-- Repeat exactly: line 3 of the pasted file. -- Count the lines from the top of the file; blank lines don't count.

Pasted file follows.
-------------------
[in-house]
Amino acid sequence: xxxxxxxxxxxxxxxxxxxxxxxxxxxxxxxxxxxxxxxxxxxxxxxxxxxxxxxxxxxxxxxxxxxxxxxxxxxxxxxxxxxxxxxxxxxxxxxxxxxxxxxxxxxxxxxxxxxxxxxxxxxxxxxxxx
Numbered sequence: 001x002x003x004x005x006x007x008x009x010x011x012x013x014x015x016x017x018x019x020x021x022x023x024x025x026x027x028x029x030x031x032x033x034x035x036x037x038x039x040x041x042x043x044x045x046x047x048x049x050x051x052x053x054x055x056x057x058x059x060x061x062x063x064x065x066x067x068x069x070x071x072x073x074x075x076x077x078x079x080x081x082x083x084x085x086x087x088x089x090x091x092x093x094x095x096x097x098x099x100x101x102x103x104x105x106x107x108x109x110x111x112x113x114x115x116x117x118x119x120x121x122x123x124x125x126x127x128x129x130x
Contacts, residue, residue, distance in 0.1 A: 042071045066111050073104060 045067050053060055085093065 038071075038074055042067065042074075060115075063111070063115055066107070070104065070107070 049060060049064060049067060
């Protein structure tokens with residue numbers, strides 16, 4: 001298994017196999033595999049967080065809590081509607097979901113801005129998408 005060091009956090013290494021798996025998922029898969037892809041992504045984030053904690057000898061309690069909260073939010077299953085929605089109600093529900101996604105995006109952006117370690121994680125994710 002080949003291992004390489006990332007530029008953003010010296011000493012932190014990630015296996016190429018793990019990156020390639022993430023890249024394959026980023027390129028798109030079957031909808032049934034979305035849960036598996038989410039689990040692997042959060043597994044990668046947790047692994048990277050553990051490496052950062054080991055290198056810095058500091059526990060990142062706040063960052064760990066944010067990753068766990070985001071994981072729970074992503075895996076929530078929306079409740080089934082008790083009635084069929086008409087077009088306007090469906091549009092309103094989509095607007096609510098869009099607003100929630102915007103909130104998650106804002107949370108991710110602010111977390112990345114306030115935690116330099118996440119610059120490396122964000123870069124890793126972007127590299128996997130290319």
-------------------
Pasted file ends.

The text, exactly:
Numbered sequence: 001x002x003x004x005x006x007x008x009x010x011x012x013x014x015x016x017x018x019x020x021x022x023x024x025x026x027x028x029x030x031x032x033x034x035x036x037x038x039x040x041x042x043x044x045x046x047x048x049x050x051x052x053x054x055x056x057x058x059x060x061x062x063x064x065x066x067x068x069x070x071x072x073x074x075x076x077x078x079x080x081x082x083x084x085x086x087x088x089x090x091x092x093x094x095x096x097x098x099x100x101x102x103x104x105x106x107x108x109x110x111x112x113x114x115x116x117x118x119x120x121x122x123x124x125x126x127x128x129x130x